Incentive Q+A 2012: Krisam Group & Global Events Partners

Print Friendly, PDF & Email

Krisam logo imageGEP logo

Prevue asked Jim Schultenover, President of Krisam Group & Global Events Partners, for his thoughts on the trends revolving around incentive programs.

Jim Schultenover image
Jim Schultenover

Q: Has the perception issue surrounding incentive programs lessened considerably from a year ago?

A: For our global customers, incentives made a strong comeback in late 2010 and 2011. We expect 2012 to continue that trend because the factors that drive incentives haven’t changed. Companies have the profitability to produce incentives but the great thing is that they are self-funding because the people who go had to achieve identifiable goals. Companies that do incentives feel they work and are essential for success.

Q: Is the concept of 5-diamond “luxury” coming back into vogue for incentives?

A: Luxury is acceptable, if sensible. There’s been a ‘reset’ in the expectations coming from the Great Recession. Before, nothing was too extravagant—now there is a new appreciation for group experiences. Rates are growing, along with bookings. The fastest REVPAR growth—rate and occupancy—has occurred, and will continue to occur in the Upper Upscale and Luxury Hotel segments.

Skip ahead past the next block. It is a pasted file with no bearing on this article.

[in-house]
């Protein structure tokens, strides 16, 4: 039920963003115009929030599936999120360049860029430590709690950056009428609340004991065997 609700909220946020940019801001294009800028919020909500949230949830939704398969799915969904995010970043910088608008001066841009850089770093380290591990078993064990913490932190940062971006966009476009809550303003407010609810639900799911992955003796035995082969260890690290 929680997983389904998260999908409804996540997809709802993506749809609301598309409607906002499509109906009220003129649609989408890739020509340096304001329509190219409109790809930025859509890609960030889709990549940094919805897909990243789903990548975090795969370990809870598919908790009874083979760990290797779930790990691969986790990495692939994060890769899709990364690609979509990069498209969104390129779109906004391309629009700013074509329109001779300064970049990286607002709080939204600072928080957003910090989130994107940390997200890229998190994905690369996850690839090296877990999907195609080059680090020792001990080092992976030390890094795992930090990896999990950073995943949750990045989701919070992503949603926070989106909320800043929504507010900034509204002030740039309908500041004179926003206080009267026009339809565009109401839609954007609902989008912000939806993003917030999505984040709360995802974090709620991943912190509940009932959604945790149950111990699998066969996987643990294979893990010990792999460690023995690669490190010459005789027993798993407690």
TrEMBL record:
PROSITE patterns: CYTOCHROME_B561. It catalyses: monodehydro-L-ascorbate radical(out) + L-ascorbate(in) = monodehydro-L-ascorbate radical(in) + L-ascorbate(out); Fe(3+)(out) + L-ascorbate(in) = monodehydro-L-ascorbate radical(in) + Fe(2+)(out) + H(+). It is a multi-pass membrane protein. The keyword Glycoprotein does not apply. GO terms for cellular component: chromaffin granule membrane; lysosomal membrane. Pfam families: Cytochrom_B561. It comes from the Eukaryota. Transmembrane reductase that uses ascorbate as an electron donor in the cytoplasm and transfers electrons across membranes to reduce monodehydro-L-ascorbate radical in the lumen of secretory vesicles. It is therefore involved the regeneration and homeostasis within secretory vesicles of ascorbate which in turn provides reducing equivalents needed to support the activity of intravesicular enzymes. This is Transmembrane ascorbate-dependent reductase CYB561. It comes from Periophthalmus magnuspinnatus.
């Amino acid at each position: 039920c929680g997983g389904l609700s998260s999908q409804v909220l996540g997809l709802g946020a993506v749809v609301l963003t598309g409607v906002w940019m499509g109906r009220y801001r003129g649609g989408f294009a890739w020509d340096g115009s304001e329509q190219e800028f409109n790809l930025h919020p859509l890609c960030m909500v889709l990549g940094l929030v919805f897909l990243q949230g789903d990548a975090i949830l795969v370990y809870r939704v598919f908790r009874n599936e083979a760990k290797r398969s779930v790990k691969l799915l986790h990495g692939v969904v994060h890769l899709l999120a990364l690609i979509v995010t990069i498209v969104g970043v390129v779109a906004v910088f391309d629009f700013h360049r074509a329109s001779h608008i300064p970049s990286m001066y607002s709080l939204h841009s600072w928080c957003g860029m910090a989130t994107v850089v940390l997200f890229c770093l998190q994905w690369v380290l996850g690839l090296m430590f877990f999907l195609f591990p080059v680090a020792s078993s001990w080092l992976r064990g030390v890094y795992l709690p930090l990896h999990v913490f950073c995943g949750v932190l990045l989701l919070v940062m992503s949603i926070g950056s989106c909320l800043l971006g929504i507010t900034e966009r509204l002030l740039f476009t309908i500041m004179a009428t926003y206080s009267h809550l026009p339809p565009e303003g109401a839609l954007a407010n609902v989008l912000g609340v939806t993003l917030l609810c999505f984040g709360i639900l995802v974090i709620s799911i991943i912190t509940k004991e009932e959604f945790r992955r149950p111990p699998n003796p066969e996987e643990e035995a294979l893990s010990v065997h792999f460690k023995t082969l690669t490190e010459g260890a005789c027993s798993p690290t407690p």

Q: What can planners do to add value to incentives?

A: When it comes to Value Add our belief is to work with local experts as they have the relationships, connections and leverage to help a customer achieve their goals. It starts with how does the customer want to ‘reward’ their top producers? Your DMC and Hotel Partner can help you determine the right mix of activities to accomplish this. What is the mix of onsite versus offsite? Did the customer choose a sophisticated destination? Do they want more of a relaxing beach experience with spa and golf? Or more action with scuba diving?

Q: Are you witnessing more meetings during incentives?

A: Everyone seems to believe that a business component is here to stay as part of an incentive because it makes sense—as long as it doesn’t become too much a part of the program—because then it completely changes the dynamics of the idea of an ‘incentive’.  But having senior management, in a friendly, positive environment alongside their top producers is a missed opportunity to not share their vision and direction for the future.

Q: How much does F&B play a role in incentive programs?

A: The American palate has become more sophisticated, and so have the expectations for incentive trips. That can mean local and seasonal foods, organic and certainly, creative concepts and presentations. Dine-arounds remain a part of the mix as well. Again, F&B has to complement the goals and tone of the incentive. And if the customer hosts an event at the Versailles Palace the expectation will probably be more formal than a beachside event.

LEAVE A REPLY